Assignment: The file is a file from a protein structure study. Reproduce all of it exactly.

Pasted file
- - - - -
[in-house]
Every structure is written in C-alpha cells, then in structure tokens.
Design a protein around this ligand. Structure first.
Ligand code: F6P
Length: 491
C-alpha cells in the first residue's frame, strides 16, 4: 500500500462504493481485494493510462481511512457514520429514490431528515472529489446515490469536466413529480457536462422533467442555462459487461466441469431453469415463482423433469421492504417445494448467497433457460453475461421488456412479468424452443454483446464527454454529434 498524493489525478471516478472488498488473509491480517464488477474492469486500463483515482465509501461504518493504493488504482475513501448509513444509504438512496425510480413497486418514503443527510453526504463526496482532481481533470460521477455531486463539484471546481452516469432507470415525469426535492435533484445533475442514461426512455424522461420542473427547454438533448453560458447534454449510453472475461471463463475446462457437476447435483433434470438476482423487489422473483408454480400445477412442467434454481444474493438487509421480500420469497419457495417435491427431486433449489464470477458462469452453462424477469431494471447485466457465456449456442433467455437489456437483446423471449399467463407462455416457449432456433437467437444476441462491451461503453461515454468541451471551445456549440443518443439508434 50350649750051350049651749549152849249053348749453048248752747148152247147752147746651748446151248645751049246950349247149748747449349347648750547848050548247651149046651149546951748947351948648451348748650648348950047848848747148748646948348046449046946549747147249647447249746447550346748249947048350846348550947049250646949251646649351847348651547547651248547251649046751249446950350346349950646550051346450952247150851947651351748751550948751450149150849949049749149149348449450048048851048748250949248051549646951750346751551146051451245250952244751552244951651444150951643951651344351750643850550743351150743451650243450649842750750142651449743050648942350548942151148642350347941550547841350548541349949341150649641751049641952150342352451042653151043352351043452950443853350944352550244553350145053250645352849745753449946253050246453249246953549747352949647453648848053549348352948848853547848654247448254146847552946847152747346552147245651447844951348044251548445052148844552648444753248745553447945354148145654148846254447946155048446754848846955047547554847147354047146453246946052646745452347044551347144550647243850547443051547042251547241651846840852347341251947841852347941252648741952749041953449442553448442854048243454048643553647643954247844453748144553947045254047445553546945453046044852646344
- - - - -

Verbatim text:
[in-house]
Every structure is written in C-alpha cells, then in structure tokens.
Design a protein around this ligand. Structure first.
Ligand code: F6P
Length: 491
C-alpha cells in the first residue's frame, strides 16, 4: 500500500462504493481485494493510462481511512457514520429514490431528515472529489446515490469536466413529480457536462422533467442555462459487461466441469431453469415463482423433469421492504417445494448467497433457460453475461421488456412479468424452443454483446464527454454529434 498524493489525478471516478472488498488473509491480517464488477474492469486500463483515482465509501461504518493504493488504482475513501448509513444509504438512496425510480413497486418514503443527510453526504463526496482532481481533470460521477455531486463539484471546481452516469432507470415525469426535492435533484445533475442514461426512455424522461420542473427547454438533448453560458447534454449510453472475461471463463475446462457437476447435483433434470438476482423487489422473483408454480400445477412442467434454481444474493438487509421480500420469497419457495417435491427431486433449489464470477458462469452453462424477469431494471447485466457465456449456442433467455437489456437483446423471449399467463407462455416457449432456433437467437444476441462491451461503453461515454468541451471551445456549440443518443439508434 50350649750051350049651749549152849249053348749453048248752747148152247147752147746651748446151248645751049246950349247149748747449349347648750547848050548247651149046651149546951748947351948648451348748650648348950047848848747148748646948348046449046946549747147249647447249746447550346748249947048350846348550947049250646949251646649351847348651547547651248547251649046751249446950350346349950646550051346450952247150851947651351748751550948751450149150849949049749149149348449450048048851048748250949248051549646951750346751551146051451245250952244751552244951651444150951643951651344351750643850550743351150743451650243450649842750750142651449743050648942350548942151148642350347941550547841350548541349949341150649641751049641952150342352451042653151043352351043452950443853350944352550244553350145053250645352849745753449946253050246453249246953549747352949647453648848053549348352948848853547848654247448254146847552946847152747346552147245651447844951348044251548445052148844552648444753248745553447945354148145654148846254447946155048446754848846955047547554847147354047146453246946052646745452347044551347144550647243850547443051547042251547241651846840852347341251947841852347941252648741952749041953449442553448442854048243454048643553647643954247844453748144553947045254047445553546945453046044852646344